3 Scary Mistakes That Can Send Your Customers Running
In her recent Forbes article, Leonie Brown does an amazing job of breaking down why customer journey mapping is critical to truly understanding how each customer touchpoint can – and does – impact the overall customer experience. If you have attempted customer journey mapping in the past and ended up frustrated with your results, I strongly recommend reviewing each point raised here. As Brown points out, it can be tricky to accurately identify each touchpoint – and trickier still to fully understand how each is prioritized in terms of importance for each customer.
Check it out below. And when you’re ready to partner with an inbound customer care team who will embrace your brand goals and deliver the exceptional experience your customers demand, reach out to us at Skybridge Americas. We would love to talk about how we can work with you.
3 Common Errors That Can Render Your Customer Journey Maps Ineffective
by Leonie Brown, Experience Management (XM) Scientist, Qualtrics
Not all maps are created equal. Perhaps you’ve seen a map of the United States from the 1700s, where Michigan is shaped more like an arrowhead than a mitten. Or maybe you’ve been burned while trusting your smartphone for driving directions, only to be rerouted toward a dead end. If so, you know what I mean.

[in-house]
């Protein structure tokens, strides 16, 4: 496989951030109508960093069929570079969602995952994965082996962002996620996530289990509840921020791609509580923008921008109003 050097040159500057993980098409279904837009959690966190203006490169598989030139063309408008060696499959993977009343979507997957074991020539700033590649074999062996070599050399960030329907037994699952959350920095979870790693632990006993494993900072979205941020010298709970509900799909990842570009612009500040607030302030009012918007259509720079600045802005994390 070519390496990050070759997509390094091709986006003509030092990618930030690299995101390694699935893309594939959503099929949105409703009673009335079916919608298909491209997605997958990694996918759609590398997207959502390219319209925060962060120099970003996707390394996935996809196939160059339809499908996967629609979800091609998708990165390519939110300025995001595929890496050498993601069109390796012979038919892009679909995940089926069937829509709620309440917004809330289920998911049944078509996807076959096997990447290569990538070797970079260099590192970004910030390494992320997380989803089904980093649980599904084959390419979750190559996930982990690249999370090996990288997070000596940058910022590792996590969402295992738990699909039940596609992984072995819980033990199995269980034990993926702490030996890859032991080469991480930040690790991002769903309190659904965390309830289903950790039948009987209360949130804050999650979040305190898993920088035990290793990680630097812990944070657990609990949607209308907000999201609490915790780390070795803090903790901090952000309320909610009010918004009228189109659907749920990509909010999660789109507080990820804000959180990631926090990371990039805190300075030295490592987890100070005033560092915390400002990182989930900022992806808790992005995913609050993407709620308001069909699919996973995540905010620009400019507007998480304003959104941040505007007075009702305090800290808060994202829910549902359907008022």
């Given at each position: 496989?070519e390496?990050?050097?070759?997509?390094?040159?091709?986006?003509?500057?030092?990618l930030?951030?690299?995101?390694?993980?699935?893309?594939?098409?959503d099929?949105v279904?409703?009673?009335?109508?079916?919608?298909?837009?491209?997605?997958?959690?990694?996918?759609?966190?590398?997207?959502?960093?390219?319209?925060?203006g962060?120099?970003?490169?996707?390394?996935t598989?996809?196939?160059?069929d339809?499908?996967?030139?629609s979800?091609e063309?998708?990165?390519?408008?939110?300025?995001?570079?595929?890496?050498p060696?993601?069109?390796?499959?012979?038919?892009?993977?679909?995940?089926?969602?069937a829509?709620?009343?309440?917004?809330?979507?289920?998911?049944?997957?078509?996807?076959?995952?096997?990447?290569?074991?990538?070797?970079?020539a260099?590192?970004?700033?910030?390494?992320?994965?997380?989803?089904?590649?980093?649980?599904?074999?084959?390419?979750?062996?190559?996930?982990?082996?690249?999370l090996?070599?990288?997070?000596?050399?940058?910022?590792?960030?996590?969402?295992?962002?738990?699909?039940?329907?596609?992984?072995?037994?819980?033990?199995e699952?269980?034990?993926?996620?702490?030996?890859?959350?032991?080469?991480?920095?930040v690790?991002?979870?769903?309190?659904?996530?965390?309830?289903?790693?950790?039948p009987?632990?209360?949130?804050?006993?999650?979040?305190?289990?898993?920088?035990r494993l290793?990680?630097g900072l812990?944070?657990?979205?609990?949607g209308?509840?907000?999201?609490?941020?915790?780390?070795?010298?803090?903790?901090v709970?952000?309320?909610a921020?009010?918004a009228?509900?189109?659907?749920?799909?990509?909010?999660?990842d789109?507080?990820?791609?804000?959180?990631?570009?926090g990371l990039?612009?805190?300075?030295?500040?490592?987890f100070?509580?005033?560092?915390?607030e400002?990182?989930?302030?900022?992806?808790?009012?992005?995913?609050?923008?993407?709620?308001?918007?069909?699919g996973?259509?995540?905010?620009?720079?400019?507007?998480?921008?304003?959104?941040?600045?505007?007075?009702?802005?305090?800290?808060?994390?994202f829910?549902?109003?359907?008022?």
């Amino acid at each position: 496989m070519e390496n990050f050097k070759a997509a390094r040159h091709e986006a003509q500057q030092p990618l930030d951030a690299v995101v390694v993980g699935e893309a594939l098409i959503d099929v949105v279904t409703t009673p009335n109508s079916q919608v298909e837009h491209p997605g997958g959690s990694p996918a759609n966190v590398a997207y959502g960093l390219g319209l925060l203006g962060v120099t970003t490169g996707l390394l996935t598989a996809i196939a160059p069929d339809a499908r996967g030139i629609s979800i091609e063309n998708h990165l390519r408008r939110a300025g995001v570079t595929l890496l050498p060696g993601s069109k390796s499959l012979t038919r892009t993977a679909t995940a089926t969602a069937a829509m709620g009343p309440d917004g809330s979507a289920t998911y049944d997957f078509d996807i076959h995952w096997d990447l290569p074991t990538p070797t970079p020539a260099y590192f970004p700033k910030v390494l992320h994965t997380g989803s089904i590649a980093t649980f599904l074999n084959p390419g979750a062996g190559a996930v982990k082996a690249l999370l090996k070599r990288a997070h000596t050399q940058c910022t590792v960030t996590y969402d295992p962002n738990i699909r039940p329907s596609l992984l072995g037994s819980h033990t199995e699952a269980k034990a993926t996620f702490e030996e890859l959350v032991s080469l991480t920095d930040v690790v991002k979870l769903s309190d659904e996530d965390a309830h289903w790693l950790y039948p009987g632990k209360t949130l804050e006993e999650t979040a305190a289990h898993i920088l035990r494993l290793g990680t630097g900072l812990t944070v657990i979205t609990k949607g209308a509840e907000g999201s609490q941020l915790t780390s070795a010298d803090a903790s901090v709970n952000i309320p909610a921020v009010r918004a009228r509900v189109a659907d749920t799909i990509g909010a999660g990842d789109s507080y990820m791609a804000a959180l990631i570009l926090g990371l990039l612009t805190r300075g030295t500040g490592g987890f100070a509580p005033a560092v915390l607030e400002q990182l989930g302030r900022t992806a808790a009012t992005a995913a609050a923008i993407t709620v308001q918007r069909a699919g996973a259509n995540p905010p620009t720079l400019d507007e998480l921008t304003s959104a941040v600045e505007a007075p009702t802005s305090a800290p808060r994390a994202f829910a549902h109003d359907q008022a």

The same goes for customer-journey maps. Lots of companies have created them—82%, according to Gartner research. But the same study indicates that less than half of organizations are actually using their journey maps effectively.
What gives? There are lots of ways a journey-mapping exercise can go sideways, ranging from an incomplete view of the customer experience to a distorted perspective that’s influenced by organizational biases. Below, we’ll look at three common errors that could be derailing your company’s efforts at customer-journey cartography:
Failure to identify all the touchpoints
A customer-journey map strives to list every point of contact between a customer and brand. Some of those are easy to spot, such as a purchase, service request, or website login. Others are trickier—especially when they’re initiated by the consumer and don’t take place on one of your physical or digital properties. Yet these contacts are common: a McKinsey report indicates that two-thirds of the touchpoints during the active-evaluation phase of the sales process are consumer-driven, and many of them happen in the wild, at venues ranging from Internet review sites to backyard barbecues.
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